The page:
'No', says Professor Hannah Schmid-Petri, who conducts research into public debates at the Chair of Science Communication at the University of Passau. In her opinion, communication is too often seen as a panacea. The problem is much rather that climate change is a very abstract thing, in other words it cannot be experienced directly in our everyday lives: "Ideally, a person who gives up smoking notices an improvement in his or her health after only a few days. It's not as simple as that with the climate. If we stop flying today, we won't notice after one week that the climate is improving." So it is all the more important to make a clear link to people's actual everyday life when communicating solutions. As a whole, reporting about the climate crisis is often very negative. Instead of focusing on nightmare scenarios, the public debate ought to focus on approaches to solving the problems. That is a trend of which Professor Schmid-Petri says she can already see some initial signs. 'Finally, however, it's the way we are preconditioned, our social surroundings, our family and their standards and values that most influence the way we behave', she says.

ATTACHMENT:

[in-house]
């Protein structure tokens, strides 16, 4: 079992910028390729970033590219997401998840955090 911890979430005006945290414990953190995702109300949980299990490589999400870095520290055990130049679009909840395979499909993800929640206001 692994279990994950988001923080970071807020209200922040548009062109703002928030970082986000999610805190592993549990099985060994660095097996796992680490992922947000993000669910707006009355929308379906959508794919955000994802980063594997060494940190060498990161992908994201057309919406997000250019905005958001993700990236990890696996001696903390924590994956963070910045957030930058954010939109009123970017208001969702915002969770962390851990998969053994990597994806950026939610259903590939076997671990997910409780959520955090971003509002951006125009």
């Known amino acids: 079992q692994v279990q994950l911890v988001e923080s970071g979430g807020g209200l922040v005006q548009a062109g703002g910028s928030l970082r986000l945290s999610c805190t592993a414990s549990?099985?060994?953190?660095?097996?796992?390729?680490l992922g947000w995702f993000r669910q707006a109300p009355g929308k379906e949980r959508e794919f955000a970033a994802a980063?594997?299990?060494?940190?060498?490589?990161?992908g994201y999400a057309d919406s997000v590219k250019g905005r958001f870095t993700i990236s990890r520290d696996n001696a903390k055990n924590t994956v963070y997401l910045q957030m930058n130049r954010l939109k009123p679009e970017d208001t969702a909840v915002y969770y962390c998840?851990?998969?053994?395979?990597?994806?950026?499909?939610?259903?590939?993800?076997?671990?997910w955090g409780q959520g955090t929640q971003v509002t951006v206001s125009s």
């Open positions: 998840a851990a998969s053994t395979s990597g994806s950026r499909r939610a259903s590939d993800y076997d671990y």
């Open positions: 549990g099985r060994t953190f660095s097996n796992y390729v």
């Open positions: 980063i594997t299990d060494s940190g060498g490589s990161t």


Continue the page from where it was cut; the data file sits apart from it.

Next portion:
Prof. Dr. Hannah Schmid-Petri, Inhaberin des Lehrstuhls für Wissenschaftskommunikation an der Universität Passau.

Professor Hannah Schmid-Petri

researches public debates – both on line and off

How are digitalisation issues publicly discussed and what consequences does that have for political processes?

How are digitalisation issues publicly discussed and what consequences does that have for political processes?

Professor Hannah Schmid-Petri has been holder of the Chair of Science Communication at the University of Passau since 2017. She analyses public discussions on political issues such as digitalisation and climate change.